How embarrassing is the L.A. Times‘s Chuck Philips’s reliance on forged documents? This embarrassing:
Last week, when I saw that documents used by the Times in its story were being challenged, I went to The Smoking Gun website to see the evidence compiled there.
. . . .
This was . . . a classic debunking, a shredding not just of the documents, but of the source, the point of the report, the witnesses, the conclusions drawn and the horse the story rode in on. The documents have been linked to a man serving time–for fraud, for God’s sake–a fellow with a colorful history of criminality, forgery and self-aggrandizement. The documents contain the same kinds of misspellings and grammatical errors made in other papers tracked back to this inmate. A typewriter was used to create the Times’s supposed copies of reports done by agents, documents known as FBI 302s. In reality, FBI 302s have been computer-generated for thirty years. And finally, a simple check with the FBI revealed that these documents had never been part of their files.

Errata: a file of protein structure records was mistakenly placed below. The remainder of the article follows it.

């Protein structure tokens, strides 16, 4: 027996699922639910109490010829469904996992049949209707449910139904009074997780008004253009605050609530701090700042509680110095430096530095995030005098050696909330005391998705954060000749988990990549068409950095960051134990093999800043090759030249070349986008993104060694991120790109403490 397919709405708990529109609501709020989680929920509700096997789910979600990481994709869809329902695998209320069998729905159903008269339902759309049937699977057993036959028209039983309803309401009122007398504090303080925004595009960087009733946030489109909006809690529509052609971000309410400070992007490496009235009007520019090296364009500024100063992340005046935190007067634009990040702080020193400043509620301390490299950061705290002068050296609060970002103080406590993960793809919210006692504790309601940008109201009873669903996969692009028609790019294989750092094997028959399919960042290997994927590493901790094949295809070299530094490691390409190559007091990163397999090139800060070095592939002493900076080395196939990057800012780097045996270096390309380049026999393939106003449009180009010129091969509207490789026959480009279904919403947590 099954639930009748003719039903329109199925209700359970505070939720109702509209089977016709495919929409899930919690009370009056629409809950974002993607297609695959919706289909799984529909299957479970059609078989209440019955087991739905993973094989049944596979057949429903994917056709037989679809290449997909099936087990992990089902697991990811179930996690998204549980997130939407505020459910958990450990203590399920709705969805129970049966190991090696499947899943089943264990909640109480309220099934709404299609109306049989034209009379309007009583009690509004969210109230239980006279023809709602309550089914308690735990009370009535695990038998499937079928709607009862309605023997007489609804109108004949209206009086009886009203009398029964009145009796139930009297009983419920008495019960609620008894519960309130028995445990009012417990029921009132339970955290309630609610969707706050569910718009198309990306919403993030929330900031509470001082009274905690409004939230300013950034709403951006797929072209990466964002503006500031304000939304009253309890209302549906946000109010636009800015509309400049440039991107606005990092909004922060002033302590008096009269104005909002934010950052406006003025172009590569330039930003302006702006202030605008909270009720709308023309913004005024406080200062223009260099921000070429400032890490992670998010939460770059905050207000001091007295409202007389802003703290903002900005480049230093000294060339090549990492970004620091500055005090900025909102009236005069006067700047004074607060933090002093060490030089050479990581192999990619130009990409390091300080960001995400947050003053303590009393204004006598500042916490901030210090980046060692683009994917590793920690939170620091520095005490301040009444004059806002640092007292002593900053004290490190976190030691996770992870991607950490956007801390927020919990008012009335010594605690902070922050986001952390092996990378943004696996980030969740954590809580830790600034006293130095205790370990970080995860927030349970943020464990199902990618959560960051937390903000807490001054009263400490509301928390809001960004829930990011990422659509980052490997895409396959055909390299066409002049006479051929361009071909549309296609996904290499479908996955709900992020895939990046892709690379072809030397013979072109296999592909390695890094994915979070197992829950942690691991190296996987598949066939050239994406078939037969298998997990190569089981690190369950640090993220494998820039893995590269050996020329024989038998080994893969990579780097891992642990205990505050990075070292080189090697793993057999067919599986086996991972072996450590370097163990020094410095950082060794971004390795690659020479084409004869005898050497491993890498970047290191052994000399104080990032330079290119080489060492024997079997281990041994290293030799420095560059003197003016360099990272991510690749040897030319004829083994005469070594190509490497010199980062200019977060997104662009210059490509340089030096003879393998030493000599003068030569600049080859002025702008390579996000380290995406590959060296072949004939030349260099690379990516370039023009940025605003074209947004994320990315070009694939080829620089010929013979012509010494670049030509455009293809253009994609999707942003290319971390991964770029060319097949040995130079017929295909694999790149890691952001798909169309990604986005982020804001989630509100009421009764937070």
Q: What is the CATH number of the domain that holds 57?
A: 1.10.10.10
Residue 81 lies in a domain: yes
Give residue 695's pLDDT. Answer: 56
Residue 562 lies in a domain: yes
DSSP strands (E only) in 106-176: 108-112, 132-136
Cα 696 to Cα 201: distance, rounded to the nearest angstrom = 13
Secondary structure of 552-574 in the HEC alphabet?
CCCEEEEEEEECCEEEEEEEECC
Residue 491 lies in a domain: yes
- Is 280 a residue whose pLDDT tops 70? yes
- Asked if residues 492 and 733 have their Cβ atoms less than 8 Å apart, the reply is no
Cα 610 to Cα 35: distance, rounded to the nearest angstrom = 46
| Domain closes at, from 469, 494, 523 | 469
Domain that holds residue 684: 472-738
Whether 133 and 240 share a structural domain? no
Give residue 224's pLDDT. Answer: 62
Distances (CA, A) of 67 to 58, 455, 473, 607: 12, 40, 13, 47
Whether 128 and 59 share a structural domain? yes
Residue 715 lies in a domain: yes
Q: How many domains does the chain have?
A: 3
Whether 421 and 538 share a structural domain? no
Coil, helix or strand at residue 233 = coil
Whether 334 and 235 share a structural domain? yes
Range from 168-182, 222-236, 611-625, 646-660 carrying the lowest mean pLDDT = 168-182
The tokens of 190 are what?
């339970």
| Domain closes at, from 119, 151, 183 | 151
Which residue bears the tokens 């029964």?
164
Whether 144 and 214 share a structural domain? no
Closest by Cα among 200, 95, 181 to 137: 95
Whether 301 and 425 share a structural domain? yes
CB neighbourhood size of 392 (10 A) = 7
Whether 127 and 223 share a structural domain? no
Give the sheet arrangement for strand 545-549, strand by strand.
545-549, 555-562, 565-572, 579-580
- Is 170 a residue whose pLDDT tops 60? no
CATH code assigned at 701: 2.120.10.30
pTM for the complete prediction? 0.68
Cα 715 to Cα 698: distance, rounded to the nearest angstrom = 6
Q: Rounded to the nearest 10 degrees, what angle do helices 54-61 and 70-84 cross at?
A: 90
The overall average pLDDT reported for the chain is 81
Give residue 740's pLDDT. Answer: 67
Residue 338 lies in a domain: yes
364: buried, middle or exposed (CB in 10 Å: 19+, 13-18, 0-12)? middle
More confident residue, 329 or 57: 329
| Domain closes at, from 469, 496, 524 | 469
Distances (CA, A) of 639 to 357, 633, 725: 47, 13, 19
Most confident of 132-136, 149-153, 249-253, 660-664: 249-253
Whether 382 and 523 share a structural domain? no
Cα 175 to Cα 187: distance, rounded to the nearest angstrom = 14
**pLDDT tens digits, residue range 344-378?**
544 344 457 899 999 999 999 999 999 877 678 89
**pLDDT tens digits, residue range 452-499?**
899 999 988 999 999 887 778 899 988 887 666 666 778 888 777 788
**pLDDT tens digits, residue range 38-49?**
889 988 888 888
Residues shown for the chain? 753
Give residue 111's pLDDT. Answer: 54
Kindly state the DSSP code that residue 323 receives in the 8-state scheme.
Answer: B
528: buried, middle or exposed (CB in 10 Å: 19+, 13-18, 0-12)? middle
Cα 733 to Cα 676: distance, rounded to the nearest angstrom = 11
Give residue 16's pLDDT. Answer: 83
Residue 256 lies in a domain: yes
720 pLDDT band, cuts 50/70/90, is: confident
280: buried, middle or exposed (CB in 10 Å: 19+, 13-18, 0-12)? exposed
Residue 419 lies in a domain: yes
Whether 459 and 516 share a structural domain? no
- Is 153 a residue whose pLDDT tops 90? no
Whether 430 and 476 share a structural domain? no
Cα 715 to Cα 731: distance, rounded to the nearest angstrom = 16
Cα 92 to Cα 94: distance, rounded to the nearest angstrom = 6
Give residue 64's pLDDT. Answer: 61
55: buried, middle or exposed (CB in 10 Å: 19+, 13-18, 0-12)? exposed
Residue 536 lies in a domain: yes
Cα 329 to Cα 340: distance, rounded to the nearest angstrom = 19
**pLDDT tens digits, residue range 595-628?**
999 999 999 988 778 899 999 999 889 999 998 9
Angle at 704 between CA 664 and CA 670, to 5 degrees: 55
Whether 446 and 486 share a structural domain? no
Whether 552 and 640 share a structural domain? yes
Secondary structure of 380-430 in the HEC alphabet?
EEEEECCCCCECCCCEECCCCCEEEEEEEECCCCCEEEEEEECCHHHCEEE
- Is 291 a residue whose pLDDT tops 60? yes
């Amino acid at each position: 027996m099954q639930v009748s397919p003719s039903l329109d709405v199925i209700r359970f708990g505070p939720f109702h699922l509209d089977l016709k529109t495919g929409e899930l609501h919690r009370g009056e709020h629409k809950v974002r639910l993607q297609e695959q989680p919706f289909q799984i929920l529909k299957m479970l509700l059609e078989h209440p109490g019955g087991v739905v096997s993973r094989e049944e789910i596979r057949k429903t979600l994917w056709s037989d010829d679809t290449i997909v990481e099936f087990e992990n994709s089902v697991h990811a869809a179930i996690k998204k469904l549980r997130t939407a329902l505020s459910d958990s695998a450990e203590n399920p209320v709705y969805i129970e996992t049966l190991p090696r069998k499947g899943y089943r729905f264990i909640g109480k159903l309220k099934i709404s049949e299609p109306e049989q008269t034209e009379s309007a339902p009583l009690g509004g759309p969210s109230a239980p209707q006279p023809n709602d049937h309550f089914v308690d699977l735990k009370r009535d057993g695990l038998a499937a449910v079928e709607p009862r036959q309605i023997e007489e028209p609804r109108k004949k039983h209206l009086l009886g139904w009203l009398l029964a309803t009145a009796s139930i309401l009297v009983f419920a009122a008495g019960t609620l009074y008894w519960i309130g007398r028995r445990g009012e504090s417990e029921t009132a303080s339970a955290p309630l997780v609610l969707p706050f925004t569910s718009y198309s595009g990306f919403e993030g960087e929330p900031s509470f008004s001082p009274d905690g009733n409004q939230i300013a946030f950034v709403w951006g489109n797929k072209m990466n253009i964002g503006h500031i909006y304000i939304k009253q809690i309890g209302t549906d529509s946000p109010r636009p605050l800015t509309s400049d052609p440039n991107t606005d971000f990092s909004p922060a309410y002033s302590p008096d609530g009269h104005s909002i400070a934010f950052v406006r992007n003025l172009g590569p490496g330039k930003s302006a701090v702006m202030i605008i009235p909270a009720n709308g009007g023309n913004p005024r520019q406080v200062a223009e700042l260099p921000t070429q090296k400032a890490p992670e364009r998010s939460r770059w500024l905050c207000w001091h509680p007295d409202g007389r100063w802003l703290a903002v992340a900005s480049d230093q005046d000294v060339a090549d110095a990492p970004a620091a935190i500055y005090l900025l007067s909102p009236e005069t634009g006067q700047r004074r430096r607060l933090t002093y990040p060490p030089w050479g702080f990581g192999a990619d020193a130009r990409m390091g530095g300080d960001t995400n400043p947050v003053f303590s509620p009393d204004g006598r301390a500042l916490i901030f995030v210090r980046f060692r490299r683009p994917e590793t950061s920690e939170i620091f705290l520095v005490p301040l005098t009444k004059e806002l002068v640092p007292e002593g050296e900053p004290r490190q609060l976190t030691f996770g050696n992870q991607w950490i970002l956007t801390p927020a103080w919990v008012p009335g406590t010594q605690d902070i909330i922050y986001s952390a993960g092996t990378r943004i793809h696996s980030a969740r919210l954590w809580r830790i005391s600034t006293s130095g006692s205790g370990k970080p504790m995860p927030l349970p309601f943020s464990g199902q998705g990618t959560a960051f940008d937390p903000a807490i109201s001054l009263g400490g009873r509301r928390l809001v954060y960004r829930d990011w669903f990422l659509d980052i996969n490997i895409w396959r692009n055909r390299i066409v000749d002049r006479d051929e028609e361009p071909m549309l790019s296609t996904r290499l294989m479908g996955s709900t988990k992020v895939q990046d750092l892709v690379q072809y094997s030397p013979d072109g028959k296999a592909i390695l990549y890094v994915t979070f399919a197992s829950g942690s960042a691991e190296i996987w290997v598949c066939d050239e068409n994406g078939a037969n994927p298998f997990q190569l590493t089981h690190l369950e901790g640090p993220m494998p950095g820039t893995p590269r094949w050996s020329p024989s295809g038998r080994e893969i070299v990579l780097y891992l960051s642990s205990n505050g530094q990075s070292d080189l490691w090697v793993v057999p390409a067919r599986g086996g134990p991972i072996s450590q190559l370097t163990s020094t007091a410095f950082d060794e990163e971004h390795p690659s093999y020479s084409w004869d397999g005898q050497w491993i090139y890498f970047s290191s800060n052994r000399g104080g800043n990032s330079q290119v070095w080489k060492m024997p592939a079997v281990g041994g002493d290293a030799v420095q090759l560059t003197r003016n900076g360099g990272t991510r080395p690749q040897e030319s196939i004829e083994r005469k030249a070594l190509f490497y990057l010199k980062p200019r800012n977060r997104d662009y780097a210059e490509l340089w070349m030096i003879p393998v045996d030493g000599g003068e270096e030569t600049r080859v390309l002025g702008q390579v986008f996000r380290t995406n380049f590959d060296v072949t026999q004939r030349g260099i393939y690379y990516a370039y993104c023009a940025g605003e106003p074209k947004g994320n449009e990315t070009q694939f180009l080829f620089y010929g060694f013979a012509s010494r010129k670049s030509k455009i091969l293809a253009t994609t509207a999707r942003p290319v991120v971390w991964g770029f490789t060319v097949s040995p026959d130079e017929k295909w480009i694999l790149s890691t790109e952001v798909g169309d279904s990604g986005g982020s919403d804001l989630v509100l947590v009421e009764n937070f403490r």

That’s a pretty brutal assessment. But it gets worse.
The coup de grace is the identity of the person delivering this blistering criticism: Mary Mapes, in a piece titled It’s a Scandal, All Right.
When Mary Mapes is making fun of you for relying on forged documents, it’s time to hang it up.
[EDIT: Link fixed. Thanks, Dafydd. -- DRJ]